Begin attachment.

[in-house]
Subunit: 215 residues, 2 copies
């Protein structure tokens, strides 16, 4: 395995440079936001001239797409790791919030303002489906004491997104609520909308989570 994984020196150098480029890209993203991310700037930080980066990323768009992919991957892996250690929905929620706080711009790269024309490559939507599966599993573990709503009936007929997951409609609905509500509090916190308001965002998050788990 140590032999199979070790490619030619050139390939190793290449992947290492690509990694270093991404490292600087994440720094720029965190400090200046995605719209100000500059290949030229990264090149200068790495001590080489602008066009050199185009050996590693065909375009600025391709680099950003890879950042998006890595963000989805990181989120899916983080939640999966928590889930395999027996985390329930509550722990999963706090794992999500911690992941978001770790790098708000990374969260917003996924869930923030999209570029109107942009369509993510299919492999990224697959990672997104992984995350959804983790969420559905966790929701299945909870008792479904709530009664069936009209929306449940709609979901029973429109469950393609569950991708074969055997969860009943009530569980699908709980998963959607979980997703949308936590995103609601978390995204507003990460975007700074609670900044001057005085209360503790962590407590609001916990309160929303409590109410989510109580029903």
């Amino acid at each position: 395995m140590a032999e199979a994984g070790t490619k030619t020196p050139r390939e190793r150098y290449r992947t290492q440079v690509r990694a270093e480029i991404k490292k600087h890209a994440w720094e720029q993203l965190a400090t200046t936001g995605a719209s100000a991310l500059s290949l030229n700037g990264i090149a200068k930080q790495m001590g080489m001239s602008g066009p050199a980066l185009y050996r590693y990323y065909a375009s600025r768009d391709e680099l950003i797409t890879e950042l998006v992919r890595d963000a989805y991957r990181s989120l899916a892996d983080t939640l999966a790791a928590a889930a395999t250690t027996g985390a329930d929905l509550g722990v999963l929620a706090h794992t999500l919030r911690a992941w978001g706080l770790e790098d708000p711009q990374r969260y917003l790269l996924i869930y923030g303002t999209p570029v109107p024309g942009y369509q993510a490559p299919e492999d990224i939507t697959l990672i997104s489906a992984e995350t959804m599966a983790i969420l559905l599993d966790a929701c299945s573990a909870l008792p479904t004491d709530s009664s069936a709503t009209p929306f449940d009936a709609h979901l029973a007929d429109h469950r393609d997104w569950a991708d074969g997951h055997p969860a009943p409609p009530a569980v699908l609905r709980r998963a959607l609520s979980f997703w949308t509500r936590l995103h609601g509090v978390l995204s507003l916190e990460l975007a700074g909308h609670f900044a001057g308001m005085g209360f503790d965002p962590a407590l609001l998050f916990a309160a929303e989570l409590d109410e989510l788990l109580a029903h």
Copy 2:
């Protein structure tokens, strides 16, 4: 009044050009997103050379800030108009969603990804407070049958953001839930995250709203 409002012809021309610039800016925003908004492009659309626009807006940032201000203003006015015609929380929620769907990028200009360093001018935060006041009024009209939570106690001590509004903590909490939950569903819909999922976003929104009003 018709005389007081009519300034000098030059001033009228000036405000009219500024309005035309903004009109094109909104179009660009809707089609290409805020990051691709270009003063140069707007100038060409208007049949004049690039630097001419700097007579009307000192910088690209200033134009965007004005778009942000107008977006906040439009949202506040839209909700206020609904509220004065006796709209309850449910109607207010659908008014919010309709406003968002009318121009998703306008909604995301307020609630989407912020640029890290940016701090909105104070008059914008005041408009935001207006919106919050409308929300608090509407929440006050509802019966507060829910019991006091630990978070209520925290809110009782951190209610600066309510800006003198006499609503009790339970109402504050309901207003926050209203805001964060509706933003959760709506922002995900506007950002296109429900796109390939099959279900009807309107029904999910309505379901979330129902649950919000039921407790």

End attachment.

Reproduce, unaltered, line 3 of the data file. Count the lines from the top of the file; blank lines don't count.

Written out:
């Protein structure tokens, strides 16, 4: 395995440079936001001239797409790791919030303002489906004491997104609520909308989570 994984020196150098480029890209993203991310700037930080980066990323768009992919991957892996250690929905929620706080711009790269024309490559939507599966599993573990709503009936007929997951409609609905509500509090916190308001965002998050788990 140590032999199979070790490619030619050139390939190793290449992947290492690509990694270093991404490292600087994440720094720029965190400090200046995605719209100000500059290949030229990264090149200068790495001590080489602008066009050199185009050996590693065909375009600025391709680099950003890879950042998006890595963000989805990181989120899916983080939640999966928590889930395999027996985390329930509550722990999963706090794992999500911690992941978001770790790098708000990374969260917003996924869930923030999209570029109107942009369509993510299919492999990224697959990672997104992984995350959804983790969420559905966790929701299945909870008792479904709530009664069936009209929306449940709609979901029973429109469950393609569950991708074969055997969860009943009530569980699908709980998963959607979980997703949308936590995103609601978390995204507003990460975007700074609670900044001057005085209360503790962590407590609001916990309160929303409590109410989510109580029903």